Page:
Have clear job and work expectations. Have a process in place to report and correct any unsafe conditions or hazards.

Take seriously any report concerning safety, hazards or compliance. Make sure supervisors are attune to all safety and hazard concerns. Investigate and document.

Thank you for reading this.

J Taratuta

John Taratuta is an independent Risk Engineer. (989) 474-9599


Safety Culture versus Safety Climate


“Climate is what you expect. Weather is what you get.”

Safety, like weather, can be measured. Instead of temperature averages, we measure unsafe acts, incidents and accidents. We also investigate accidents. We also want to know the reasons why accidents occur and how to prevent them in the future.

Tip: Serious accidents have the same root causes as minor accidents as do incidents with a potential for serious loss. It is these root causes that bring about the accident, the severity is often a matter of chance.

All accidents should be investigated to some extent, based on the loss potential. This is part of Loss Control, an essential characteristic of top performing organizations and businesses.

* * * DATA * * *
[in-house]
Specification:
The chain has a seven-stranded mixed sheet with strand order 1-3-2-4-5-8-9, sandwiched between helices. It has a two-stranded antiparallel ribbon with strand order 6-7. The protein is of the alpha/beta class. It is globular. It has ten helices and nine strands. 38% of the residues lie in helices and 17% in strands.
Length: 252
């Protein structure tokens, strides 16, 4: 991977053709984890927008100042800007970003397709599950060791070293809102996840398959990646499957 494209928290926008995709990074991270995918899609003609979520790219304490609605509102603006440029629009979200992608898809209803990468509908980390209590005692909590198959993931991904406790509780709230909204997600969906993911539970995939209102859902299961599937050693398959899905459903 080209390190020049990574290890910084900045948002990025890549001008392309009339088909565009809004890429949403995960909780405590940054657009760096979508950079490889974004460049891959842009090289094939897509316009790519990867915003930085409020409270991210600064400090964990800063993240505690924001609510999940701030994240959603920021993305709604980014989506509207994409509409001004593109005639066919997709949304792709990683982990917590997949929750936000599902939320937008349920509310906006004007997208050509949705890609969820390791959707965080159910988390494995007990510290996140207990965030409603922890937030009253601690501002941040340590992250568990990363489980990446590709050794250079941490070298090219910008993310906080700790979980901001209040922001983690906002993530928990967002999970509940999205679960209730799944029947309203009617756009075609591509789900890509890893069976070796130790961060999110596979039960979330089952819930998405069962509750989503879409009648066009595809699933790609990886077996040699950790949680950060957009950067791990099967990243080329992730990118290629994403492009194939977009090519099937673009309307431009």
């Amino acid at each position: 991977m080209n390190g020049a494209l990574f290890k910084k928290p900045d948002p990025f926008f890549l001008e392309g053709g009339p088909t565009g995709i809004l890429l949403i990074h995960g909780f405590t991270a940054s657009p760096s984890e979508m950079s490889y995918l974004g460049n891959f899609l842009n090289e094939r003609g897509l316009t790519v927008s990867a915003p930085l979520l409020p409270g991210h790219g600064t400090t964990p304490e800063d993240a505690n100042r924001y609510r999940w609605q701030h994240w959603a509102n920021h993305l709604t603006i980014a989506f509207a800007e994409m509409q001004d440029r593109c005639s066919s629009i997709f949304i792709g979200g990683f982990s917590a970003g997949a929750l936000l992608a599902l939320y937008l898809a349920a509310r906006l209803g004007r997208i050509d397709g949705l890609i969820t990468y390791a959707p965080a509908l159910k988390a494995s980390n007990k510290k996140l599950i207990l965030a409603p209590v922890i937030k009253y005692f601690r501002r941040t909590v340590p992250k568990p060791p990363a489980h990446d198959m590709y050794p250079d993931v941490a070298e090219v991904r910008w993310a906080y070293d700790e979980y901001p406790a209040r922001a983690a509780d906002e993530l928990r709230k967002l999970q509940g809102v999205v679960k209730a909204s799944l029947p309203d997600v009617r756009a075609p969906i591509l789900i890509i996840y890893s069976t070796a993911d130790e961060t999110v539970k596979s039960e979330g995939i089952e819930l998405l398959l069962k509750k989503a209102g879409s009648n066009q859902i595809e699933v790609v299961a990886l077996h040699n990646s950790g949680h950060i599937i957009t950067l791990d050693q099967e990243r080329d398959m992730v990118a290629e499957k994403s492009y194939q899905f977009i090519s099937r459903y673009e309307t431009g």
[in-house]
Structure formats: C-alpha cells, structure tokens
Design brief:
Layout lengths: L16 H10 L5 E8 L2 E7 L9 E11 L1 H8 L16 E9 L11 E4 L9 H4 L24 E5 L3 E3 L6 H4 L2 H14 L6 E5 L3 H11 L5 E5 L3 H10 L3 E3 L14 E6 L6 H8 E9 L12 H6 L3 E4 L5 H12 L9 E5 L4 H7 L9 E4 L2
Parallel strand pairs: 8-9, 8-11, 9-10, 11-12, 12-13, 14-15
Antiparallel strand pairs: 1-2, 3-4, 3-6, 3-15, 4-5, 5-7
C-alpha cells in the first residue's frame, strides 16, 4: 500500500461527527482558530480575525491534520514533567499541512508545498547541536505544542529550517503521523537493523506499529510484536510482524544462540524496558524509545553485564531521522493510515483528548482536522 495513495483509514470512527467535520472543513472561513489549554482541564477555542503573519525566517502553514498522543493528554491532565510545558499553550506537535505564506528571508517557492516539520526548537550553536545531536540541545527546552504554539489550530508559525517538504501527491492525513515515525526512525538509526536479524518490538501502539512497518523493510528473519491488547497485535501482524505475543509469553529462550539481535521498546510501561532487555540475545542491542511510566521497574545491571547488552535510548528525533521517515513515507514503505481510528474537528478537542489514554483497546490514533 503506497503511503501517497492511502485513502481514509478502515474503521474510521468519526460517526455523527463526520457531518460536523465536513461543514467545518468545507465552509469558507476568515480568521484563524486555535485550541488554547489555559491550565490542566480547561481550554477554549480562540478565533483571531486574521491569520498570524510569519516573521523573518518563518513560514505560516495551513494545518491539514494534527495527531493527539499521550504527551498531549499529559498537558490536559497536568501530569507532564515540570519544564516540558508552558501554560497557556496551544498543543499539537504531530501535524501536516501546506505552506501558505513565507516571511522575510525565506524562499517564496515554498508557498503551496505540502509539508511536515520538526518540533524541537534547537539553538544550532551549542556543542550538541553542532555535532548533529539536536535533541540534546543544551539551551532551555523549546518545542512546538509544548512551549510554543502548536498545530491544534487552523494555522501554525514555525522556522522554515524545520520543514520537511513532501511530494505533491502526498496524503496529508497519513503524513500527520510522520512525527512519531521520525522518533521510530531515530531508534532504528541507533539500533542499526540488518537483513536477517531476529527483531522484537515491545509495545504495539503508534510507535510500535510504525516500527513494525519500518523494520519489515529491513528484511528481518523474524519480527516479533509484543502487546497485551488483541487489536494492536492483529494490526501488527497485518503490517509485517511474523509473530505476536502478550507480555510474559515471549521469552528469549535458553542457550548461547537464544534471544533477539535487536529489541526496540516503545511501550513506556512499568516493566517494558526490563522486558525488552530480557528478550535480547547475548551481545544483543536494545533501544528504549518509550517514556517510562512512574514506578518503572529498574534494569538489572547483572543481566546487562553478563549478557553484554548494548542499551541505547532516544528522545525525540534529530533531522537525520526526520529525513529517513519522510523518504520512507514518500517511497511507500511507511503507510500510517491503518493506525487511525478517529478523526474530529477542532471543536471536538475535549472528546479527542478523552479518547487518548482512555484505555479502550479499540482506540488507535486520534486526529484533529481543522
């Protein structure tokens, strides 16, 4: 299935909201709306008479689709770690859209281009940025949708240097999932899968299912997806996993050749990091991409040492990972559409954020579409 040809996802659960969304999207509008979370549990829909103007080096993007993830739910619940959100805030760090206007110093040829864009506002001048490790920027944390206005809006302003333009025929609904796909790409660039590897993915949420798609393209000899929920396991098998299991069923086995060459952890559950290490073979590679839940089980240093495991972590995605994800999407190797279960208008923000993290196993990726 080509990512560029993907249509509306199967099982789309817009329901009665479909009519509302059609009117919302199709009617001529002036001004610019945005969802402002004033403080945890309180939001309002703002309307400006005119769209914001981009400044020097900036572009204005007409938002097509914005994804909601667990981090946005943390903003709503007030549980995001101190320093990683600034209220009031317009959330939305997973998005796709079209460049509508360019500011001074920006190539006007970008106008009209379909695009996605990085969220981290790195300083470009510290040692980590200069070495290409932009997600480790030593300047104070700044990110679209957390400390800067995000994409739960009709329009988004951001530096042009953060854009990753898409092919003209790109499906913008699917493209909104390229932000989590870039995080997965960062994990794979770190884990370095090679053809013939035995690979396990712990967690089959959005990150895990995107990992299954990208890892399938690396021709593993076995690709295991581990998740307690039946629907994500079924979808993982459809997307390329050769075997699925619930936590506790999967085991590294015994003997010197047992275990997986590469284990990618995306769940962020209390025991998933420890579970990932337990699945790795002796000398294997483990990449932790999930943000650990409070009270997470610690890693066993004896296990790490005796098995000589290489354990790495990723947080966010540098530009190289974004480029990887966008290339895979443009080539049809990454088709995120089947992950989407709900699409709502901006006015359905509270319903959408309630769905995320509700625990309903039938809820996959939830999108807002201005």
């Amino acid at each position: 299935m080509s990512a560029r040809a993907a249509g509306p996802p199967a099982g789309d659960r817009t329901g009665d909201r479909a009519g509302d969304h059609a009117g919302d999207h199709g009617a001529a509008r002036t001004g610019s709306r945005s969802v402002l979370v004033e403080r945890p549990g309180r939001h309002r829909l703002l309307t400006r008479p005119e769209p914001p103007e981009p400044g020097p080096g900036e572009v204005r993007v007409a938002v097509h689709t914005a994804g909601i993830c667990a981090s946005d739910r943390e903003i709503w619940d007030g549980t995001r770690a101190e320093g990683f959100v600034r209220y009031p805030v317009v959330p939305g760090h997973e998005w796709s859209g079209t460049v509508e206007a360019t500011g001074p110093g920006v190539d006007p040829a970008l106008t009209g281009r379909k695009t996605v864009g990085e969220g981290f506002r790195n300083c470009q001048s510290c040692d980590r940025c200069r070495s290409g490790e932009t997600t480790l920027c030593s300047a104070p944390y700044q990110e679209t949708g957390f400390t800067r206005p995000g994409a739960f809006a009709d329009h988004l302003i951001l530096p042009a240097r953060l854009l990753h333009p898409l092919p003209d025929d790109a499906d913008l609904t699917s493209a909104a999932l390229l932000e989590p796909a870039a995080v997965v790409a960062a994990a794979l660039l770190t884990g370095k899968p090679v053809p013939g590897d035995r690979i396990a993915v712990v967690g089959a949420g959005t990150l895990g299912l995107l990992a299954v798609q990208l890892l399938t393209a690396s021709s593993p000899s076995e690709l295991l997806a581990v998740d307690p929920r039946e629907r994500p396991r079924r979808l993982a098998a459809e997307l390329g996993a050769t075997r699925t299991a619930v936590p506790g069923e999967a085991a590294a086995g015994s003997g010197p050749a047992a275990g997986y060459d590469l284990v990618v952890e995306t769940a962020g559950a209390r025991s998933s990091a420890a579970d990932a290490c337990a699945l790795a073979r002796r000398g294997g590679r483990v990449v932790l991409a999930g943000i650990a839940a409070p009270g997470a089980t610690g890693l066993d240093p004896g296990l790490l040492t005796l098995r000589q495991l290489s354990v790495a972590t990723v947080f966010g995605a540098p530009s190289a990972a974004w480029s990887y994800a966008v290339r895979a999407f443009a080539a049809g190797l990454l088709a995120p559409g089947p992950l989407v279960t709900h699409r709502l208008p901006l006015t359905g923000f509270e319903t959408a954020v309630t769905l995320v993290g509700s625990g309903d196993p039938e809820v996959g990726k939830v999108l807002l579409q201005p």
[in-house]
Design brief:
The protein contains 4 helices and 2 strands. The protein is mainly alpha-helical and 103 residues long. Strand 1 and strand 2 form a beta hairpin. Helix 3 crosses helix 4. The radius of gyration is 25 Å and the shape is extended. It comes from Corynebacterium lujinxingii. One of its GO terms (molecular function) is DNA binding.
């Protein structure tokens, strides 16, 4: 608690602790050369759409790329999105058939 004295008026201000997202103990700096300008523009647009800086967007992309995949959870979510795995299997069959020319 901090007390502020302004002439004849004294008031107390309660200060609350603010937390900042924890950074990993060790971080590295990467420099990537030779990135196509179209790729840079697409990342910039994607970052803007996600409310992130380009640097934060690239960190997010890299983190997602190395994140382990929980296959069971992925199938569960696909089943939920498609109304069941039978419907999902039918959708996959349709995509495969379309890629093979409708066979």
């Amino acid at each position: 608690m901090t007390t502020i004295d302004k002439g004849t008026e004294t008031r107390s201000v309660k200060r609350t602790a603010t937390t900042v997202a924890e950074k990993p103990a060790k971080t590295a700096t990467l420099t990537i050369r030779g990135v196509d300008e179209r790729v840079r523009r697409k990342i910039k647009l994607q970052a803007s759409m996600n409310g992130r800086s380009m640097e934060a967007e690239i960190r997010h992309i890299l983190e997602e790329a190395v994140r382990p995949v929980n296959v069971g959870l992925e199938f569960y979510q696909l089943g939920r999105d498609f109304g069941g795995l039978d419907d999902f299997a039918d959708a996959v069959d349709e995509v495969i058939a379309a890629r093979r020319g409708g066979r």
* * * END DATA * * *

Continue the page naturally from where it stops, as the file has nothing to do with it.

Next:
Immediate causes (unsafe acts and conditions) are obvious and easy to find, and may indicate poor safety attitudes and/or a lack of proper training.

Root causes are not so obvious, and may point to organizational failure in the management’s safety system and controls.

Tip: Beware of “Safety Creep” — Staff unintentionally drift away from safety controls by replacing procedures with short cuts.

Safety Culture and Safety Climate

How your organization or company responds to safety events, accidents and incidents is based on its underlying beliefs and values. This will determine what is known as your Safety Culture and Safety Climate.

Safety Culture is about “what people do.” Safety is, after all, about behavior — being safe. Safety Culture is stable over time and can be applied to the organization/company as a whole. Safety Culture is affected by policy and the tone at the top.

Safety Climate is the perception in the workplace of how safety is managed or “how people feel,” their attitudes and mindset.  These can reflect the views of your smallest units – teams, departments, groups, silos, etc. Safety Climate can best be changed by safety training and enforcement of policy.